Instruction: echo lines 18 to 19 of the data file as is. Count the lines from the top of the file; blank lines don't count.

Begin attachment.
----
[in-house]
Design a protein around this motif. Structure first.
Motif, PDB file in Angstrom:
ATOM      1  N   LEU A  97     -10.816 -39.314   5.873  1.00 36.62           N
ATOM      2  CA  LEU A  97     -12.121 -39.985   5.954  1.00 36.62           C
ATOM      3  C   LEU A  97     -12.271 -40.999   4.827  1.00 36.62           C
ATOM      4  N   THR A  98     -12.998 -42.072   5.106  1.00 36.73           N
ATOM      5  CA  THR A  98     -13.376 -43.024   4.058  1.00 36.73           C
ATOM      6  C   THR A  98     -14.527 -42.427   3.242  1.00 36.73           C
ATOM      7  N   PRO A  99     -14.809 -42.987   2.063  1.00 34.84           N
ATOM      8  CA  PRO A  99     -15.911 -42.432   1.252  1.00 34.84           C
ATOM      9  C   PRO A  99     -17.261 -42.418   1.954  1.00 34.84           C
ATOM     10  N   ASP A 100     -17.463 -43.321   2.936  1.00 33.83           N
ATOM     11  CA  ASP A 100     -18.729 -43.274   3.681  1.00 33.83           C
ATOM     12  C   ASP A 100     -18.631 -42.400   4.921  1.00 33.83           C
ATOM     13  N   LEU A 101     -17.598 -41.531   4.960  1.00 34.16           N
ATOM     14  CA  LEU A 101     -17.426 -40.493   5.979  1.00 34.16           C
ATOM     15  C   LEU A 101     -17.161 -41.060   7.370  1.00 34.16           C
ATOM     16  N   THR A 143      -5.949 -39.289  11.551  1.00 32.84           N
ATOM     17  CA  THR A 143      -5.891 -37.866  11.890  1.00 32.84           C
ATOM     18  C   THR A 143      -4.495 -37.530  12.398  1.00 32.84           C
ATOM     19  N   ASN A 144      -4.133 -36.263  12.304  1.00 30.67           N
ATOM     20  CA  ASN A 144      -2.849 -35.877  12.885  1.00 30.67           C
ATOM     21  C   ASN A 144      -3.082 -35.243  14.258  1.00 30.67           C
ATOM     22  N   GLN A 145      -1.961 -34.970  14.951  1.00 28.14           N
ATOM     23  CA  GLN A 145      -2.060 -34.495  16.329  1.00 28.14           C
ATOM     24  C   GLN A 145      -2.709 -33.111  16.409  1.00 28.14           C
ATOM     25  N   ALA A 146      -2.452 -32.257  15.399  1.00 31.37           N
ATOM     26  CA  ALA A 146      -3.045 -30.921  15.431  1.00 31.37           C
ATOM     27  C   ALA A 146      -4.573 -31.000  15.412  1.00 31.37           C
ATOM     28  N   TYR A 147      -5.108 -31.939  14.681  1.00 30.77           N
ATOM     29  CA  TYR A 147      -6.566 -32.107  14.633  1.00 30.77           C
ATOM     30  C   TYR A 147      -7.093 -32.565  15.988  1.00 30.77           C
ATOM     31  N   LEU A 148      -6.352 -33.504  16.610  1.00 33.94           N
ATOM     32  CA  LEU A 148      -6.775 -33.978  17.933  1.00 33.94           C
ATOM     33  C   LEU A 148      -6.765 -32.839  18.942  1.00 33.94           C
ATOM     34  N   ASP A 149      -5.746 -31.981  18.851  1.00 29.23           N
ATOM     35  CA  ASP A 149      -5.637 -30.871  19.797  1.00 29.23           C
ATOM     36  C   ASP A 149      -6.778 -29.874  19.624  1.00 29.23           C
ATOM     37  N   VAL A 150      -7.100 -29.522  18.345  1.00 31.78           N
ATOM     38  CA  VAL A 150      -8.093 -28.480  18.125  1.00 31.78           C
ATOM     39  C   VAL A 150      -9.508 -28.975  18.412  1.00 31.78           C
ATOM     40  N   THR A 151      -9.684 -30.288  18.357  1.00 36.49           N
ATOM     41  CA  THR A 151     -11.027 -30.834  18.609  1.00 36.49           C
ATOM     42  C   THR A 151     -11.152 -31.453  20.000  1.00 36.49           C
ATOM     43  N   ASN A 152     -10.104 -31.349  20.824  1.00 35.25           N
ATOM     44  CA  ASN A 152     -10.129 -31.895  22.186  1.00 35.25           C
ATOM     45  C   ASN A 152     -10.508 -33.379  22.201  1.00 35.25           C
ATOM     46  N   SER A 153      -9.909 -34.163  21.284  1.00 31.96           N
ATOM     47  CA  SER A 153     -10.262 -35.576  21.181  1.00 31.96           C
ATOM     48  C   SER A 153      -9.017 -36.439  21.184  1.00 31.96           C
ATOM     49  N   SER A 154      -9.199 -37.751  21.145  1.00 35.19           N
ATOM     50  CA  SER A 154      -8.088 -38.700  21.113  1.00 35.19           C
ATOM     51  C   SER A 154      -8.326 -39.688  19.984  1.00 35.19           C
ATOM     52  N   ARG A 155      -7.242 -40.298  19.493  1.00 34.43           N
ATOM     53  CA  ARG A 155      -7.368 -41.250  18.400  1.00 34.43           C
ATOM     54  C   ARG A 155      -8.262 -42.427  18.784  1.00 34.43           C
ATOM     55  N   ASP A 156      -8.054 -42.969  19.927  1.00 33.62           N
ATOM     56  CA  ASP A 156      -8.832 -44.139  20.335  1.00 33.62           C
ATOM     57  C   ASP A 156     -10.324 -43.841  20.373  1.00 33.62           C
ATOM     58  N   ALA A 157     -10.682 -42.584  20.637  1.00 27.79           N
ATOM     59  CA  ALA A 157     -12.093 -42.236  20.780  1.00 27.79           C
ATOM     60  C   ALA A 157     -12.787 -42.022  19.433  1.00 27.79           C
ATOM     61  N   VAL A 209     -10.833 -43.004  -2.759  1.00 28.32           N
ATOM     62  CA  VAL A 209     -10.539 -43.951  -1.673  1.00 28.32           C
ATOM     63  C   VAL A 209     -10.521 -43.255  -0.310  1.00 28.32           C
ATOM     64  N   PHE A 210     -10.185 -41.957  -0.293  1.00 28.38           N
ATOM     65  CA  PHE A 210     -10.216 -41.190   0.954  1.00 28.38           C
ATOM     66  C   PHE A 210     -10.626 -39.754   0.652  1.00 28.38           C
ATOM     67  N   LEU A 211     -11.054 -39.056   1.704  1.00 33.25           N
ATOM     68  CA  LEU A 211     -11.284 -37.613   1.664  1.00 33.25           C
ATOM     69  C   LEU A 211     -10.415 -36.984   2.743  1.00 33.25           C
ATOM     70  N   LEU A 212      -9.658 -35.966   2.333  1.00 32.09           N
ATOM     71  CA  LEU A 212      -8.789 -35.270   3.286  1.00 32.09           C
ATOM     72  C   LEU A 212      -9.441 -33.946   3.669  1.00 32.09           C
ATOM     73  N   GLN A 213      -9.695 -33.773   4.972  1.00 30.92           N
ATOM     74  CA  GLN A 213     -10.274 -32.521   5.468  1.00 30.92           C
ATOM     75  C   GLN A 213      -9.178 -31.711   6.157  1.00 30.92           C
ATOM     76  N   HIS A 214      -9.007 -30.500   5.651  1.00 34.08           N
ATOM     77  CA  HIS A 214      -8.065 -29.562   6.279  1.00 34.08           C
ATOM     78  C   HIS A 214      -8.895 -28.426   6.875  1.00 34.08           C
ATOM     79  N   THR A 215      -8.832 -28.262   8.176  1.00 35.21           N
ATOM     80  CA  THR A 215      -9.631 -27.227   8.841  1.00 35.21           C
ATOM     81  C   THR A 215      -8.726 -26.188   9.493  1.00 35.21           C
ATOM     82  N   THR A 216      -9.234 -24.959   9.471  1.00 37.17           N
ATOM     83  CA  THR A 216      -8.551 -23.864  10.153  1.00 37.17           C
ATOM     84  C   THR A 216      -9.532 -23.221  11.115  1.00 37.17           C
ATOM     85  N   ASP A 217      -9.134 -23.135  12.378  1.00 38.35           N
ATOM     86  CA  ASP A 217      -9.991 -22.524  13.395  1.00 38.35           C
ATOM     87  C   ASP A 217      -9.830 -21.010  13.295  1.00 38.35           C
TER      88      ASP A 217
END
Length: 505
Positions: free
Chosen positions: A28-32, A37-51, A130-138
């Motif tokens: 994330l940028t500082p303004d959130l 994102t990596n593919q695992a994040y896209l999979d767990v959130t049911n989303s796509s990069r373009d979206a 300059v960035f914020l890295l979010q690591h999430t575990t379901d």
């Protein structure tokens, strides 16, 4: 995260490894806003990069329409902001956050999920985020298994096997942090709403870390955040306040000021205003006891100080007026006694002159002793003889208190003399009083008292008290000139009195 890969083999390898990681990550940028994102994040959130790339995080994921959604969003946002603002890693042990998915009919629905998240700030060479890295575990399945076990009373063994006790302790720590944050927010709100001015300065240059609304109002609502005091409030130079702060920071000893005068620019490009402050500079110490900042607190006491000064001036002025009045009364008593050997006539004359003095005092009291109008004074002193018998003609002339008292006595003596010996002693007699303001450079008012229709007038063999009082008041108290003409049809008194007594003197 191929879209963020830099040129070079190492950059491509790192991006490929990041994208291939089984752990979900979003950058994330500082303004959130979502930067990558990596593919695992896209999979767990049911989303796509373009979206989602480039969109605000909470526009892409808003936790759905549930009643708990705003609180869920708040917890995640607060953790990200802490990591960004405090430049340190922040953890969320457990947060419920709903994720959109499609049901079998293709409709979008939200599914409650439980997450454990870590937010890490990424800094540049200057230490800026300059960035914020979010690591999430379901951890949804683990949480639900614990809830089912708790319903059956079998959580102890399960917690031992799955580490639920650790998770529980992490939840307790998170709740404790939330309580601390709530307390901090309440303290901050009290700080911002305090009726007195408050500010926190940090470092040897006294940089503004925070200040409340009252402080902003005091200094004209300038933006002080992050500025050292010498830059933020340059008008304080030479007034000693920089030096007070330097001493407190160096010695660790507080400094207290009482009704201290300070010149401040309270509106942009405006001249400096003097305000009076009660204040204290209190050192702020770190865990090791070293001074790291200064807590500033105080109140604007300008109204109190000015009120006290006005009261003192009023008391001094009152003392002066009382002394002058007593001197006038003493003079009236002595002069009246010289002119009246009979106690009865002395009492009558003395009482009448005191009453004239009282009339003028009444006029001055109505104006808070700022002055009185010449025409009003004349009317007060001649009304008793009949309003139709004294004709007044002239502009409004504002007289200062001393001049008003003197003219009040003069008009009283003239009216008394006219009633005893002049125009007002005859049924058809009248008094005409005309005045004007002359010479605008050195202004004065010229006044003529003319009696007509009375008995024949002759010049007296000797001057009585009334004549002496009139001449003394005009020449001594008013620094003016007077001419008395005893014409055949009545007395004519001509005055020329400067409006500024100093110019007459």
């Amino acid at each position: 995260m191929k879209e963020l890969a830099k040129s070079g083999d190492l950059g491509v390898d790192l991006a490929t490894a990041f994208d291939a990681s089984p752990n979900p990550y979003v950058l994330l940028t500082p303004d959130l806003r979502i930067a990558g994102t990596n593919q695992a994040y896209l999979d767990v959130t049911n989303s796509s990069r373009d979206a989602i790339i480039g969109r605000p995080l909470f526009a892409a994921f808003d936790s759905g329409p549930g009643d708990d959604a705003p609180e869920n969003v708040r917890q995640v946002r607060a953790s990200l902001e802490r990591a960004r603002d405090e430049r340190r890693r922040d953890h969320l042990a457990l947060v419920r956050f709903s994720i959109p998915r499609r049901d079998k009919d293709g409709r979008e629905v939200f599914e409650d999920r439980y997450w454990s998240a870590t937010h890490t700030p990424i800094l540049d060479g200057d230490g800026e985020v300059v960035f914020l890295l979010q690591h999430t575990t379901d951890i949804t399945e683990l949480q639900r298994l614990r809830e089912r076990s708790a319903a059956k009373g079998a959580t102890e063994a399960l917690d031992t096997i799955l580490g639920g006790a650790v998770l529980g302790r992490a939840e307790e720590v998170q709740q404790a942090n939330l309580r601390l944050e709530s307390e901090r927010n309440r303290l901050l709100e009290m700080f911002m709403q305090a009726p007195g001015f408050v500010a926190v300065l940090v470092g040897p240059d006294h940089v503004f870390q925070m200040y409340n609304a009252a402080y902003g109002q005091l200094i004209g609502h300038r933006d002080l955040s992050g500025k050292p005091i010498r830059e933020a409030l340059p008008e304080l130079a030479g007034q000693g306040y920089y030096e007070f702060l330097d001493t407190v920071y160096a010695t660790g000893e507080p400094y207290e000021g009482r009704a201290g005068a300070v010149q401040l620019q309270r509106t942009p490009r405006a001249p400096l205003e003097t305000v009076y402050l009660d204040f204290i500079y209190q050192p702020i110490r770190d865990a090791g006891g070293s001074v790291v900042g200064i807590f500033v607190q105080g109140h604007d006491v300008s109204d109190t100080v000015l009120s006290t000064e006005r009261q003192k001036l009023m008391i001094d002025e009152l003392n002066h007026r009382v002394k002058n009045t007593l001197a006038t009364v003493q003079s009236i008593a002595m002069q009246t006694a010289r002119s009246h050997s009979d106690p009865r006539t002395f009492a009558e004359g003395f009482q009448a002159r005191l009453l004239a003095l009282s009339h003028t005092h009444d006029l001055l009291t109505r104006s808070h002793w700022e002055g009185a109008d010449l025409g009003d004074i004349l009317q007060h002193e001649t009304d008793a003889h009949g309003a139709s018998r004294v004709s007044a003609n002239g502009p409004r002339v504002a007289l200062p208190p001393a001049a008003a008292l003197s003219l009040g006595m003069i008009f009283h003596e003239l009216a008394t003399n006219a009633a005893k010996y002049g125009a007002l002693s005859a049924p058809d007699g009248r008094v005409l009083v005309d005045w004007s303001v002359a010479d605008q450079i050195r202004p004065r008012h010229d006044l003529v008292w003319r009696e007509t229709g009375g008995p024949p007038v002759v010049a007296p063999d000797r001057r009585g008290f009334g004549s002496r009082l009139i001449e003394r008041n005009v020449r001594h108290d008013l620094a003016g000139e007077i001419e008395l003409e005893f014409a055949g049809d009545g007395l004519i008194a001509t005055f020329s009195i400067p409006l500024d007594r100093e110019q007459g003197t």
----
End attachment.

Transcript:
ATOM     15  C   LEU A 101     -17.161 -41.060   7.370  1.00 34.16           C
ATOM     16  N   THR A 143      -5.949 -39.289  11.551  1.00 32.84           N